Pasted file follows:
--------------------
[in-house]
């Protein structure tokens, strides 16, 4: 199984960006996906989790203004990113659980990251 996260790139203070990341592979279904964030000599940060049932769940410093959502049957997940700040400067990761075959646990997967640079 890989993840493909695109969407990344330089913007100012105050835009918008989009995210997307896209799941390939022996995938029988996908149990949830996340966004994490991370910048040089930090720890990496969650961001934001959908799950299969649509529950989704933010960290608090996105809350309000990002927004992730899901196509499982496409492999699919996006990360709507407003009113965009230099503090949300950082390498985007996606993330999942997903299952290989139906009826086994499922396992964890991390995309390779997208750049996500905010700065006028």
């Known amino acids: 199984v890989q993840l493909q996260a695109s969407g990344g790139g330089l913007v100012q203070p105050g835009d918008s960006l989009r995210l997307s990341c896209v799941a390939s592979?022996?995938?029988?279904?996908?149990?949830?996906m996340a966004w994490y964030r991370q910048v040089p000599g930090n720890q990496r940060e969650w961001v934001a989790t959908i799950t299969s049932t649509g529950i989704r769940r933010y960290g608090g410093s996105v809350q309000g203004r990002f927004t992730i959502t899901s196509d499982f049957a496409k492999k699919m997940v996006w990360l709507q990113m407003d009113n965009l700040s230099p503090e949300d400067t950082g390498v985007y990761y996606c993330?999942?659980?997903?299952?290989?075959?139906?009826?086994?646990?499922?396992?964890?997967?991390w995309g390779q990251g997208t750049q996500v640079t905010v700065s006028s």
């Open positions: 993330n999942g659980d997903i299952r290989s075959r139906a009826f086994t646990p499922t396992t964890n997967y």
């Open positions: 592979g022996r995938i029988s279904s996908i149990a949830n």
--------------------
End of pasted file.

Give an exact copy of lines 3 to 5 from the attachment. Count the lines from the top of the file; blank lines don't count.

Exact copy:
């Known amino acids: 199984v890989q993840l493909q996260a695109s969407g990344g790139g330089l913007v100012q203070p105050g835009d918008s960006l989009r995210l997307s990341c896209v799941a390939s592979?022996?995938?029988?279904?996908?149990?949830?996906m996340a966004w994490y964030r991370q910048v040089p000599g930090n720890q990496r940060e969650w961001v934001a989790t959908i799950t299969s049932t649509g529950i989704r769940r933010y960290g608090g410093s996105v809350q309000g203004r990002f927004t992730i959502t899901s196509d499982f049957a496409k492999k699919m997940v996006w990360l709507q990113m407003d009113n965009l700040s230099p503090e949300d400067t950082g390498v985007y990761y996606c993330?999942?659980?997903?299952?290989?075959?139906?009826?086994?646990?499922?396992?964890?997967?991390w995309g390779q990251g997208t750049q996500v640079t905010v700065s006028s």
């Open positions: 993330n999942g659980d997903i299952r290989s075959r139906a009826f086994t646990p499922t396992t964890n997967y």
């Open positions: 592979g022996r995938i029988s279904s996908i149990a949830n």